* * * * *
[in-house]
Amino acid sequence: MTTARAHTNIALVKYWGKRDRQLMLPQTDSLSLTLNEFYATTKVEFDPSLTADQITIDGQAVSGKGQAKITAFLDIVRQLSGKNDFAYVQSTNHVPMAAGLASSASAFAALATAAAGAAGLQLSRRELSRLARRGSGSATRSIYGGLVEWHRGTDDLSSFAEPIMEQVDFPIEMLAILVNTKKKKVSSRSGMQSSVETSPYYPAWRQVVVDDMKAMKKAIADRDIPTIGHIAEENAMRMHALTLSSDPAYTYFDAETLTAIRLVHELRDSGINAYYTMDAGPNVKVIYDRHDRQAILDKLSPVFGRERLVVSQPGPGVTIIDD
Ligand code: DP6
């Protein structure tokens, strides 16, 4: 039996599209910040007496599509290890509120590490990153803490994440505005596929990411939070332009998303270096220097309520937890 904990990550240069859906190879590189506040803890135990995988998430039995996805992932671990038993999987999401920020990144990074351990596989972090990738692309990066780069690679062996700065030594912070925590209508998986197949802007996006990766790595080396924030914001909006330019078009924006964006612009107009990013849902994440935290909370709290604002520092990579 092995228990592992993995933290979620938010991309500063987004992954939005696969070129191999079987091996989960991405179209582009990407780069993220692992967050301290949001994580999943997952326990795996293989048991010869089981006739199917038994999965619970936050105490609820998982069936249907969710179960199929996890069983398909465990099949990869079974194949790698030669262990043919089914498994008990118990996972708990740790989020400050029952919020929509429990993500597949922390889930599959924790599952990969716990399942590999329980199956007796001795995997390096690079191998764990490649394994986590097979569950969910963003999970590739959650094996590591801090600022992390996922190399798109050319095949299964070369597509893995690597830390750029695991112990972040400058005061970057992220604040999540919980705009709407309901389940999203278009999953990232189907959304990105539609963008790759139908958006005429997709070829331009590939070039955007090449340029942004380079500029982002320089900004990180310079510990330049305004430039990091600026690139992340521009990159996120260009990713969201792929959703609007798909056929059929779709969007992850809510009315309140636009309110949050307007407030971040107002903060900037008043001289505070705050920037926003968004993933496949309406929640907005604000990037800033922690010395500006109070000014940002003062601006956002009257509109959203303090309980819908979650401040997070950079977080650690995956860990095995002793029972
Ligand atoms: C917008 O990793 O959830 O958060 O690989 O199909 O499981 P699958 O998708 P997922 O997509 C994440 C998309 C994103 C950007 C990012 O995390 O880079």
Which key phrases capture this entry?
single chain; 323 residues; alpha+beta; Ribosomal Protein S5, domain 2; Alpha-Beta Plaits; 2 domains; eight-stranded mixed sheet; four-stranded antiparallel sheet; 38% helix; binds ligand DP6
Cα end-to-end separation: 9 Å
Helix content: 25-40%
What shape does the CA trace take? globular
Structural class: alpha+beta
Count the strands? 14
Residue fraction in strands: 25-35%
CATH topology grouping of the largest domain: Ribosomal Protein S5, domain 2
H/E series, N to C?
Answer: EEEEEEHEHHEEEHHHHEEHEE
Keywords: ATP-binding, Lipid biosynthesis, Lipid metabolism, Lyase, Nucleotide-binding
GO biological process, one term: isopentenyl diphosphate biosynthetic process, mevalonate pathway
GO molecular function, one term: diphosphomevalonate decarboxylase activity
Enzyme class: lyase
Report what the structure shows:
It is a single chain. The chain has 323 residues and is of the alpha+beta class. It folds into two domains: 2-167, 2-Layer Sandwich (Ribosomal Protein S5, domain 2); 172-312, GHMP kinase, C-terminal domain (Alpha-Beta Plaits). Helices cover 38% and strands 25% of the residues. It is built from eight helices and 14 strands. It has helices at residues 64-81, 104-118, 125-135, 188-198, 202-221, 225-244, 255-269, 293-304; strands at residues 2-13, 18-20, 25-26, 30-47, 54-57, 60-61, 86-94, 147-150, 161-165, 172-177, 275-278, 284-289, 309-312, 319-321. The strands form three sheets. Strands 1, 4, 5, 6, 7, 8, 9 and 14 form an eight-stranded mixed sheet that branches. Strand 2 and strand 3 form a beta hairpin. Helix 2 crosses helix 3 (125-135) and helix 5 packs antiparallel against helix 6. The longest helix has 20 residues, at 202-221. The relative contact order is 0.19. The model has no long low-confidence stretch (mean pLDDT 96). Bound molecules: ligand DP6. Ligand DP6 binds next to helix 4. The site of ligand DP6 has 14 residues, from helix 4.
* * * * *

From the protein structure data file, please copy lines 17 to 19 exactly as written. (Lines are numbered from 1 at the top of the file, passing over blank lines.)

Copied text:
Keywords: ATP-binding, Lipid biosynthesis, Lipid metabolism, Lyase, Nucleotide-binding
GO biological process, one term: isopentenyl diphosphate biosynthetic process, mevalonate pathway
GO molecular function, one term: diphosphomevalonate decarboxylase activity